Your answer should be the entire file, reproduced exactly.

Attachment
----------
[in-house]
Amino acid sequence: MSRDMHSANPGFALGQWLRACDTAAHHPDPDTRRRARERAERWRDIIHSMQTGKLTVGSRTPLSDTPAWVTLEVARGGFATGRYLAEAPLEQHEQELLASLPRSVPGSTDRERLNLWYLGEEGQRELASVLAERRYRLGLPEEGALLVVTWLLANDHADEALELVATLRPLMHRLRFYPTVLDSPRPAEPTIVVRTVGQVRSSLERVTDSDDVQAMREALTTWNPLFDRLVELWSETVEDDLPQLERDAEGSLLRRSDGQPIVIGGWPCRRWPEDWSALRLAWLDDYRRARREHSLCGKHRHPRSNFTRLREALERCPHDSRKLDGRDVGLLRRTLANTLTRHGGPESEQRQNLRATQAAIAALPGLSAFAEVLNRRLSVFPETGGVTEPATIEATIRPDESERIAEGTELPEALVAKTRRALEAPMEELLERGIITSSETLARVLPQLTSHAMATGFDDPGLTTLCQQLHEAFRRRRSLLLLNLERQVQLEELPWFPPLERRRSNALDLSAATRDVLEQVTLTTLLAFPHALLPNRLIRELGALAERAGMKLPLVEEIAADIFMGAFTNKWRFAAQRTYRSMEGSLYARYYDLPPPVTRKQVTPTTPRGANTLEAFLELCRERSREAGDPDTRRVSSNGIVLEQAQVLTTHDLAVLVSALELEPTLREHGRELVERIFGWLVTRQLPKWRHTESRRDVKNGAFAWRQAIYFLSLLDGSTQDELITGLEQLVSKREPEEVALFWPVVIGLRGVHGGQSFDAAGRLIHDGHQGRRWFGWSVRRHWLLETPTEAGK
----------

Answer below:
[in-house]
Amino acid sequence: MSRDMHSANPGFALGQWLRACDTAAHHPDPDTRRRARERAERWRDIIHSMQTGKLTVGSRTPLSDTPAWVTLEVARGGFATGRYLAEAPLEQHEQELLASLPRSVPGSTDRERLNLWYLGEEGQRELASVLAERRYRLGLPEEGALLVVTWLLANDHADEALELVATLRPLMHRLRFYPTVLDSPRPAEPTIVVRTVGQVRSSLERVTDSDDVQAMREALTTWNPLFDRLVELWSETVEDDLPQLERDAEGSLLRRSDGQPIVIGGWPCRRWPEDWSALRLAWLDDYRRARREHSLCGKHRHPRSNFTRLREALERCPHDSRKLDGRDVGLLRRTLANTLTRHGGPESEQRQNLRATQAAIAALPGLSAFAEVLNRRLSVFPETGGVTEPATIEATIRPDESERIAEGTELPEALVAKTRRALEAPMEELLERGIITSSETLARVLPQLTSHAMATGFDDPGLTTLCQQLHEAFRRRRSLLLLNLERQVQLEELPWFPPLERRRSNALDLSAATRDVLEQVTLTTLLAFPHALLPNRLIRELGALAERAGMKLPLVEEIAADIFMGAFTNKWRFAAQRTYRSMEGSLYARYYDLPPPVTRKQVTPTTPRGANTLEAFLELCRERSREAGDPDTRRVSSNGIVLEQAQVLTTHDLAVLVSALELEPTLREHGRELVERIFGWLVTRQLPKWRHTESRRDVKNGAFAWRQAIYFLSLLDGSTQDELITGLEQLVSKREPEEVALFWPVVIGLRGVHGGQSFDAAGRLIHDGHQGRRWFGWSVRRHWLLETPTEAGK